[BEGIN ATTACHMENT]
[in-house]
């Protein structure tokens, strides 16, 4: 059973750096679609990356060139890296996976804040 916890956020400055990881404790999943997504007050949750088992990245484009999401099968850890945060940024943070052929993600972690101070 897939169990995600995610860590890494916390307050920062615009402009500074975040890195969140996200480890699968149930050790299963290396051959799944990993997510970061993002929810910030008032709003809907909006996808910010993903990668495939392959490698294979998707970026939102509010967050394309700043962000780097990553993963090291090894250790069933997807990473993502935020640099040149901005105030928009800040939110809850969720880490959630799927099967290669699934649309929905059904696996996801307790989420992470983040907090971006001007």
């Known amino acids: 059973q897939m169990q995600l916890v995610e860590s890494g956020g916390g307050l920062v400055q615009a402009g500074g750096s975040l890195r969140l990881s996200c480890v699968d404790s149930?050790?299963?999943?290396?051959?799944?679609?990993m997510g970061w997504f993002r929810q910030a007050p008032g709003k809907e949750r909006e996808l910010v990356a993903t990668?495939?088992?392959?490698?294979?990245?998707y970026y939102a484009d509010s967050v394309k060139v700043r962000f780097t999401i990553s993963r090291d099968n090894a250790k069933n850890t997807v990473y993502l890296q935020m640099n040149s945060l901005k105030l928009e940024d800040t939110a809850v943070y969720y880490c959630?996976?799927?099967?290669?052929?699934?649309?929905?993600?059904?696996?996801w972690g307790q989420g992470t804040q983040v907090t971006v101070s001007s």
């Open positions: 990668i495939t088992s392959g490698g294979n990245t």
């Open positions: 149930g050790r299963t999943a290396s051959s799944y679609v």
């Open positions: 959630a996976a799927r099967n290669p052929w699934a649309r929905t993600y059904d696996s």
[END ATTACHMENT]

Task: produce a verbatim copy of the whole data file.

[in-house]
């Protein structure tokens, strides 16, 4: 059973750096679609990356060139890296996976804040 916890956020400055990881404790999943997504007050949750088992990245484009999401099968850890945060940024943070052929993600972690101070 897939169990995600995610860590890494916390307050920062615009402009500074975040890195969140996200480890699968149930050790299963290396051959799944990993997510970061993002929810910030008032709003809907909006996808910010993903990668495939392959490698294979998707970026939102509010967050394309700043962000780097990553993963090291090894250790069933997807990473993502935020640099040149901005105030928009800040939110809850969720880490959630799927099967290669699934649309929905059904696996996801307790989420992470983040907090971006001007």
């Known amino acids: 059973q897939m169990q995600l916890v995610e860590s890494g956020g916390g307050l920062v400055q615009a402009g500074g750096s975040l890195r969140l990881s996200c480890v699968d404790s149930?050790?299963?999943?290396?051959?799944?679609?990993m997510g970061w997504f993002r929810q910030a007050p008032g709003k809907e949750r909006e996808l910010v990356a993903t990668?495939?088992?392959?490698?294979?990245?998707y970026y939102a484009d509010s967050v394309k060139v700043r962000f780097t999401i990553s993963r090291d099968n090894a250790k069933n850890t997807v990473y993502l890296q935020m640099n040149s945060l901005k105030l928009e940024d800040t939110a809850v943070y969720y880490c959630?996976?799927?099967?290669?052929?699934?649309?929905?993600?059904?696996?996801w972690g307790q989420g992470t804040q983040v907090t971006v101070s001007s």
């Open positions: 990668i495939t088992s392959g490698g294979n990245t």
């Open positions: 149930g050790r299963t999943a290396s051959s799944y679609v």
């Open positions: 959630a996976a799927r099967n290669p052929w699934a649309r929905t993600y059904d696996s």